In short order, Darrell Wallace Jr. has piled up accolades usually preceded by the word “youngest” or “fastest” or “first.” Now, with a win at Martinsville Speedway, Wallace adds another history-making accomplishment to the list – and continues a competitive landscape evolution.
With the victory, Wallace becomes the second African-American driver to win a NASCAR national series race, joining trailblazer and NASCAR Hall of Fame nominee Wendell Scott.
“We congratulate Darrell Wallace Jr. on his first national series victory, one that will be remembered as a remarkable moment in our sport’s history,” said Brian France, NASCAR chairman and CEO. “Darrell’s success, following fellow NASCAR Drive for Diversity graduate Kyle Larson’s win earlier this season, is indicative of a youth and multicultural movement that bodes well for NASCAR’s future growth.”
The Concord, N.C., driver of the No. 54 Toyota for Kyle Busch Motorsports is running for Sunoco Rookie of the Year honors this season.
In 2010, Wallace won the NASCAR K&N Pro Series East Sunoco Rookie of the Year and was championship runner up. Last season at Dover, Wallace became the first African-American driver to win the 21 Means 21 Pole Award presented by Coors Brewing Co. in the NASCAR Nationwide Series. Wallace won the pole award for the NCWTS race at Dover in May this year, making series history as youngest winner of the award – a record now held by Chase Elliott.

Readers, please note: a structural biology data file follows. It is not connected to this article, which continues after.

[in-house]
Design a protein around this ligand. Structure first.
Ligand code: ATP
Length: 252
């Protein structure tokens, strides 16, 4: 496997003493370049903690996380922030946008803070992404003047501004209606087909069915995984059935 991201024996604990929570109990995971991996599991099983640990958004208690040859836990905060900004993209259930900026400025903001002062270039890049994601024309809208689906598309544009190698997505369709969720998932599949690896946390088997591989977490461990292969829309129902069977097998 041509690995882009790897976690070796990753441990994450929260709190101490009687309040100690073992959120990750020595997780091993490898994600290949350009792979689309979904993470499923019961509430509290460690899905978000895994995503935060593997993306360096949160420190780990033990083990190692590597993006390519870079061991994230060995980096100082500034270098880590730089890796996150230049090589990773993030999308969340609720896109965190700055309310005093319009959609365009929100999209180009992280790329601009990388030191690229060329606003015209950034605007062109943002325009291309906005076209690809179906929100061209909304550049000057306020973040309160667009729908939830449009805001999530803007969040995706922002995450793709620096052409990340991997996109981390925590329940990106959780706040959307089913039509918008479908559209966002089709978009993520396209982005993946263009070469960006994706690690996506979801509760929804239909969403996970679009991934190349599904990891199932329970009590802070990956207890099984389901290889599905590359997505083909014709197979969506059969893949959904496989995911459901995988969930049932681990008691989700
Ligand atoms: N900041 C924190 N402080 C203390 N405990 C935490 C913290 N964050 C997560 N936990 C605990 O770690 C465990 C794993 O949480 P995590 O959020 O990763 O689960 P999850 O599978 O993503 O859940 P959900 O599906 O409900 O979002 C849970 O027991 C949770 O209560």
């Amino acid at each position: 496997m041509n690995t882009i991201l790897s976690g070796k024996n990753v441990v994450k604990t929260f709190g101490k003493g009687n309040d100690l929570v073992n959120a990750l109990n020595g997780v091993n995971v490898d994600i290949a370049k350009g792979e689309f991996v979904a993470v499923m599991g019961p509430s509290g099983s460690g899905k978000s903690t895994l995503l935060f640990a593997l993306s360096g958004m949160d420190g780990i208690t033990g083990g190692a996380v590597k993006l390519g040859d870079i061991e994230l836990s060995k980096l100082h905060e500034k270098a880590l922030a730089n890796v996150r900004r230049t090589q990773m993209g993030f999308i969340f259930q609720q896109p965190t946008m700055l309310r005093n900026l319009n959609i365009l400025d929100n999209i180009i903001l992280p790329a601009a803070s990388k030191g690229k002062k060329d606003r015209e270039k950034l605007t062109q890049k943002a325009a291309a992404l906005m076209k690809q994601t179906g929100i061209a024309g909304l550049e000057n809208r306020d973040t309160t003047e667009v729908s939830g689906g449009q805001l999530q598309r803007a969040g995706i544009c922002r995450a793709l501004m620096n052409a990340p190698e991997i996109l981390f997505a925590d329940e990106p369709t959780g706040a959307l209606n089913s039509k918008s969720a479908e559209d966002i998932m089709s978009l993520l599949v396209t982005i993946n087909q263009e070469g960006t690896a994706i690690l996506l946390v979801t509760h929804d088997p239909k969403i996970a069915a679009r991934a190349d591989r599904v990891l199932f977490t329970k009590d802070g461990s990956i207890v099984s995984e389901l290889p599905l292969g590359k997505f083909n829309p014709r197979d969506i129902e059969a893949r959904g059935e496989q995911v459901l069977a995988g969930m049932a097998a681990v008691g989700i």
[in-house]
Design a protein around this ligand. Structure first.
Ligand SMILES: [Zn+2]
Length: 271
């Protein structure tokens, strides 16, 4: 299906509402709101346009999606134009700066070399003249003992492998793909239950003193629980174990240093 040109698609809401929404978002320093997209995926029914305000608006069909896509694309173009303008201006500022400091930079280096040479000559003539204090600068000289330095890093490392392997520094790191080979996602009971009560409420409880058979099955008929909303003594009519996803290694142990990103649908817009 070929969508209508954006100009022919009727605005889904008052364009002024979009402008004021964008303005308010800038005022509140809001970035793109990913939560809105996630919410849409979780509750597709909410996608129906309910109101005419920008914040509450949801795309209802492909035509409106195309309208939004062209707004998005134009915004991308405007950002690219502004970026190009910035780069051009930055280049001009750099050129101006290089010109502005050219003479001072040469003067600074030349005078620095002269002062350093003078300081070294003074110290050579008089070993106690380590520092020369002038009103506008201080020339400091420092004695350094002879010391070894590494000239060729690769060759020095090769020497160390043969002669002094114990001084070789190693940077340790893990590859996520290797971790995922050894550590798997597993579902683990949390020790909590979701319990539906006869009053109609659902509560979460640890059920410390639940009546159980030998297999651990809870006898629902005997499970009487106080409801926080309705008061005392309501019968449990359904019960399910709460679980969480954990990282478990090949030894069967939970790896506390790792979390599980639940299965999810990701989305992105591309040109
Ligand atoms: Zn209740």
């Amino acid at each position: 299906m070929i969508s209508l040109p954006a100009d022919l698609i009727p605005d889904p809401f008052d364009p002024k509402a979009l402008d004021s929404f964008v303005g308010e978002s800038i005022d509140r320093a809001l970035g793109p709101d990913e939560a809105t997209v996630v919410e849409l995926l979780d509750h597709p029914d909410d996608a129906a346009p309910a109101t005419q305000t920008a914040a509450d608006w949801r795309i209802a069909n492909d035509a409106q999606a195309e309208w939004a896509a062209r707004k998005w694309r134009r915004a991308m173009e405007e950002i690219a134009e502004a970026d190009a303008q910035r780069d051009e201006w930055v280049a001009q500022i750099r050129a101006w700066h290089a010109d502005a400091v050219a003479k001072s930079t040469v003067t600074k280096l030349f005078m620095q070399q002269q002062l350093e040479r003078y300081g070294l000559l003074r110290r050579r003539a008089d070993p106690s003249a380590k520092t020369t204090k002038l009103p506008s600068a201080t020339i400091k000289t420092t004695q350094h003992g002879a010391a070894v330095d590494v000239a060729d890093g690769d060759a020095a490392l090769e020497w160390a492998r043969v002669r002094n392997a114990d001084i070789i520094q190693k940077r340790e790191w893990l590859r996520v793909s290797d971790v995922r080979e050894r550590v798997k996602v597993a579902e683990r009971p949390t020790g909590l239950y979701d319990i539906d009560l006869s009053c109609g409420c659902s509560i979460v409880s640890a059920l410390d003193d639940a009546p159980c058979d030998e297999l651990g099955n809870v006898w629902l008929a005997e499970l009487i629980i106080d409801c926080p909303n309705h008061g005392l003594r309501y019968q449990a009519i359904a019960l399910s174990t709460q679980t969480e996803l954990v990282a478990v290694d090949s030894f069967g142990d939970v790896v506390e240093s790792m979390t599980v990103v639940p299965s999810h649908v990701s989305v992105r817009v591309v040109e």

In 2012, Wallace finished among the top 10 in three of his four NASCAR Nationwide Series starts for Joe Gibbs Racing, with a best finish of seventh at Iowa Speedway.
Wallace, who competed under the NASCAR D4D banner from 2010-11, is the second graduate from the program to win a NASCAR national series race, following Larson’s April victory at Rockingham Speedway in the NASCAR Camping World Truck Series. He is also the fourth NASCAR D4D driver to compete in a national series this season, with Ryan Gifford’s ninth-place finish in his NASCAR Nationwide debut at Iowa and Paulie Harraka’s NASCAR Sprint Cup Series debut at Sonoma.
Wendell Scott, a two-time NASCAR Hall of Fame nominee, won a premier series – now Sprint Cup – race at Speedway Park in Jacksonville, Fla. on Dec. 1, 1963. The Danville, Va. native competed in 495 races between 1961 and 1995, passing away in 1990 at the age of 69.
Since 2004, NASCAR Drive for Diversity has provided an opportunity for multicultural and female drivers to compete in the NASCAR K&N Pro Series and NASCAR Whelen All-American Series with the goal of racing in NASCAR’s national series. Since 2010, five different drivers have totaled for 12 wins over 45 K&N East races and Larson won the series championship last season. The NASCAR Drive for Diversity Combine for the 2014 class begins Monday, Oct. 21 and will run until Wednesday, Oct. 23.